The key findings of the KPMG global survey speak volumes. Of 1,268 CEOs from companies across 11 leading industries in 10 countries all over the world surveyed, 41% (a third more than earlier) expect to be running significantly transformed companies in three years’ time. As many as 82% are even more robust in their judgment – they are concerned whether their company’s current products or services will even be relevant to customers three years from now.

According to the survey, although CEOs are concerned and the majority of them admit that they have no prior experience in addressing future changes, they still remain optimistic and believe they’re doing the right thing – 99% of the CEOs report taking action to develop talent. The following survey results are also quite eloquent.

Top five areas of investment over the next three years:

  • Increasing data analysis capabilities 25%
  • New product development 24%
  • Cyber security solutions 22%
  • Measurement and analysis of customer experience/needs 21%
  • Geographic expansion within home country 20%

On the one hand, we may take a conservative approach to estimating the survey findings. Human nature and behaviour change extremely slowly, more likely taking generations. On the other hand, there must be some truth in Bill Gates’ legendary quote – so far, technology has really given rise to evolutionary rather than revolutionary changes, but the fact is that one moment quantity will turn into quality. 

The report is available here.

 

For further information, please contact:

Hanno Lindpere

Head of Advisory Services

Tel +372 626 8708

hlindpere@kpmg.com

 

Estonia is among top three efficient users of EU funds 

According to a survey carried out by KPMG, in Central and Eastern Europe the countries that used European Union funds most efficiently during the previous fiscal period 2007–2015 were Estonia, Lithuania and Slovenia.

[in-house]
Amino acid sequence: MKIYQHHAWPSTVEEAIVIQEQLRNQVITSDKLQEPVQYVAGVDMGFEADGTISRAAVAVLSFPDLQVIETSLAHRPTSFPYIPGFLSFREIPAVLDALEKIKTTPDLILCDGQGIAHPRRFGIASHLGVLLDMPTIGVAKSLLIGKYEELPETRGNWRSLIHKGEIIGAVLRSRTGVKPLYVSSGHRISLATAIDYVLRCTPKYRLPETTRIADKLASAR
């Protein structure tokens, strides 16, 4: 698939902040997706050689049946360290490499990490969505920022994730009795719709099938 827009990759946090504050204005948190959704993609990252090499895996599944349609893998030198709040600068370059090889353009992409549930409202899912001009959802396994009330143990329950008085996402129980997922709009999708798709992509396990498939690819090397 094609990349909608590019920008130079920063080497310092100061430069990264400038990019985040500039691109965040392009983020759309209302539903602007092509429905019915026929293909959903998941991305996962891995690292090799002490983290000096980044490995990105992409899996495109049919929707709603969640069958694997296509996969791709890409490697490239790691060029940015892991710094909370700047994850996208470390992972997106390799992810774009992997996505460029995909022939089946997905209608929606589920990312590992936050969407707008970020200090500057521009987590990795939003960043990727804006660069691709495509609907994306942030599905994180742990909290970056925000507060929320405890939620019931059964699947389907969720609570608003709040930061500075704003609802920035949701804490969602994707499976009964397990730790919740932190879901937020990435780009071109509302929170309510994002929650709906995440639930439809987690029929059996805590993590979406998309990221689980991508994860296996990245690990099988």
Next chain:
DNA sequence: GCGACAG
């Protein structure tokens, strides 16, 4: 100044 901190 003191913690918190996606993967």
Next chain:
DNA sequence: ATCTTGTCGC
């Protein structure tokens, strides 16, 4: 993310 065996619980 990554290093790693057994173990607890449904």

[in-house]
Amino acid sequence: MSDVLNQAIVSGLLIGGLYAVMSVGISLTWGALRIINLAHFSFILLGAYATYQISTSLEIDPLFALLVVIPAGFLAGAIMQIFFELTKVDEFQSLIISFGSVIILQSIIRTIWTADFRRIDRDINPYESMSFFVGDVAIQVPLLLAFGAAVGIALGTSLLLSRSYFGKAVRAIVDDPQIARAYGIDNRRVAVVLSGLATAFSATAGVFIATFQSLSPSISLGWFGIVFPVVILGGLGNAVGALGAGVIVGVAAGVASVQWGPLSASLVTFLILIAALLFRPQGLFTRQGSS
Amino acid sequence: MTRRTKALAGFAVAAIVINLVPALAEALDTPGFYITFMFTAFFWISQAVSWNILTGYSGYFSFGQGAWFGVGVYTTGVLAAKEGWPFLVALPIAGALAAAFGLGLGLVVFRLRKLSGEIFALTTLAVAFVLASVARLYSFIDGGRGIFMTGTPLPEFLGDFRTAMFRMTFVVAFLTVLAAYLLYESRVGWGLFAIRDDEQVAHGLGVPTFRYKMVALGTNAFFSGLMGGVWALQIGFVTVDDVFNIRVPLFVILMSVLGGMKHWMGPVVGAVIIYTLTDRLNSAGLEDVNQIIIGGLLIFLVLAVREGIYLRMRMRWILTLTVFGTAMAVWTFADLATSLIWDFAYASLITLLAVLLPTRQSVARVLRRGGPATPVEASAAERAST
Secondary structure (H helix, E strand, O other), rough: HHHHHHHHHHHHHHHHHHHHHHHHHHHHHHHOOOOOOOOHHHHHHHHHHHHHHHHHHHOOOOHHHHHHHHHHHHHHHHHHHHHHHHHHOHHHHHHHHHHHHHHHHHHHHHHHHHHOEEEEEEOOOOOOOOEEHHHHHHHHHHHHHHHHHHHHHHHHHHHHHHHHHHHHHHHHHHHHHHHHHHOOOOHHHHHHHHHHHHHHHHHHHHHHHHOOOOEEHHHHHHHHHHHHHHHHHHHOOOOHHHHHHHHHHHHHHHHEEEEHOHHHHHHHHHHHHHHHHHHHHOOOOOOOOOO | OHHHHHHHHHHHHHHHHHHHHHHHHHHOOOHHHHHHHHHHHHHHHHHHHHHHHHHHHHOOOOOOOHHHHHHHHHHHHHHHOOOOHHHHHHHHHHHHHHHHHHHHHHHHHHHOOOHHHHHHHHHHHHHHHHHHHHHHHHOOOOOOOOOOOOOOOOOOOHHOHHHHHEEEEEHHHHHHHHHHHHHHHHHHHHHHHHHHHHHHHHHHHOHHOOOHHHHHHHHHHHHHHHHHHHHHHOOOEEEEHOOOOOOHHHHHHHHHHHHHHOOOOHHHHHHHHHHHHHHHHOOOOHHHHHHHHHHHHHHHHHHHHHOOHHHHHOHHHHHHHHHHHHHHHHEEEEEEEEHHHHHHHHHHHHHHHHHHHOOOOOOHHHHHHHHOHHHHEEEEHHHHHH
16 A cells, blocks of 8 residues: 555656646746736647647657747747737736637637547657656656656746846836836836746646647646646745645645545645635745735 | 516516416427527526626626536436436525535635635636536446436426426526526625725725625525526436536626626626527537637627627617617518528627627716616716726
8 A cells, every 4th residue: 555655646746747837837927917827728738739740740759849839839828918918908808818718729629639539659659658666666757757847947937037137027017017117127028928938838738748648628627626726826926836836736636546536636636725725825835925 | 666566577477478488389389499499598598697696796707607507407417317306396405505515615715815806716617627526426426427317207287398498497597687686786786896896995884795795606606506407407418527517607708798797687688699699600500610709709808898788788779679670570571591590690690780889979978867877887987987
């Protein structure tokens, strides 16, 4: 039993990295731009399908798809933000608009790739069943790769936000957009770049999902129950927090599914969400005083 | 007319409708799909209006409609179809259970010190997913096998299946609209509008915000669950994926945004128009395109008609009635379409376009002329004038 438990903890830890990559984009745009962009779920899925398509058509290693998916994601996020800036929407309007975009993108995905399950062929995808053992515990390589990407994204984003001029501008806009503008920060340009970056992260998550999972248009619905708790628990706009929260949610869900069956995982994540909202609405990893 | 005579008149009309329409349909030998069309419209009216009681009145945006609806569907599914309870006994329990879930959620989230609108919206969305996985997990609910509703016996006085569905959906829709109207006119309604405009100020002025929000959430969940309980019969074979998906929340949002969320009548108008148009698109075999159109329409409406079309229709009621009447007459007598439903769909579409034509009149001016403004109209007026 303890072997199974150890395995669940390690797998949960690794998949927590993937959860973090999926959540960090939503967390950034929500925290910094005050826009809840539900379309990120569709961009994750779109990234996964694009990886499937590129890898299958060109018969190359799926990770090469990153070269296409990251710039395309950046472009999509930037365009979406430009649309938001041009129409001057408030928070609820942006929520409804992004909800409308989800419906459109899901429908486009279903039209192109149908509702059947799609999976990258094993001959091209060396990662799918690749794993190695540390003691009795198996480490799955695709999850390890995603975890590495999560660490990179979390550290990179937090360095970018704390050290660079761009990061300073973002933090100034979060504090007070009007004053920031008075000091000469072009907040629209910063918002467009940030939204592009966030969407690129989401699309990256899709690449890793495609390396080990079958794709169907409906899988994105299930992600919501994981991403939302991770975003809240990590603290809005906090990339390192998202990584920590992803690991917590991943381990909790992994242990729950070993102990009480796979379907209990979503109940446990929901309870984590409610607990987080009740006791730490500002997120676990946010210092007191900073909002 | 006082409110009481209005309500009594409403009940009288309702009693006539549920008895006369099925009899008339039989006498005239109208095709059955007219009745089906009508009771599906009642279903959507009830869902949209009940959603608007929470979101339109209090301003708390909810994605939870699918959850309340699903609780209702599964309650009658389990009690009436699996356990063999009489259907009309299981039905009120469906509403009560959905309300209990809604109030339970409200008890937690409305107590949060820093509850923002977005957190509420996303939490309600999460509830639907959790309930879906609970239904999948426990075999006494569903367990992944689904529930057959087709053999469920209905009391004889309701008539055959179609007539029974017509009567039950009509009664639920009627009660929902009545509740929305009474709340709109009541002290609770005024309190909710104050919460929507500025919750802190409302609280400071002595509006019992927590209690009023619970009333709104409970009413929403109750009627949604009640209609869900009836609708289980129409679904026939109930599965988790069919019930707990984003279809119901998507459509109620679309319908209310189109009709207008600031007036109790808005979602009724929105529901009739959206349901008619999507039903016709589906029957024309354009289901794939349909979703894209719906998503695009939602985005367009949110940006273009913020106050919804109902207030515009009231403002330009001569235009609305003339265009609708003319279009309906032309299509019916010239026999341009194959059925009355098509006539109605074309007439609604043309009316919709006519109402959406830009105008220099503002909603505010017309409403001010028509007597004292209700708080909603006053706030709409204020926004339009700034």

The effectiveness and efficiency of using the grants is determined by the gap between the allocated and paid grants, which at the end of 2015 was the narrowest in Lithuania (0%), Slovenia (2%), and Estonia (5%). The worst result was shown by Croatia (60%), which joined the EU only in 2013. In Estonia, 100% of the total amount of grants allocated by the EU was covered by contracts, and 95% was paid out.

The survey report is available here

 

For further information, please contact:

Juta Saarevet

Head of Public Sector Advisory Services

Tel +372 667 6819

jsaarevet@kpmg.com

Juta Saarevet took up the position of the head of the Public Sector Advisory Services practice at KPMG in Estonia in August 2016. Prior to joining KPMG she worked as the Director General at the Social Insurance Board.

Juta has an extensive experience in the public sector including heading and transforming a large organisation. In her previous positions Juta has considered it extremely important to contribute to the development of Estonia. According to Ms Saarevet, one of her major challenges in the position of the head of the Public Sector Advisory Services is to enhance and expand the activities of KPMG in Estonia as the adviser and partner of the public sector.

Read on about our Public Sector Advisory Services 

 

 

© 2017 KPMG Baltics OÜ, an Estonian limited liability company and a member firm of the KPMG network of independent member firms affiliated with KPMG International Cooperative (“KPMG International”), a Swiss entity. All rights reserved.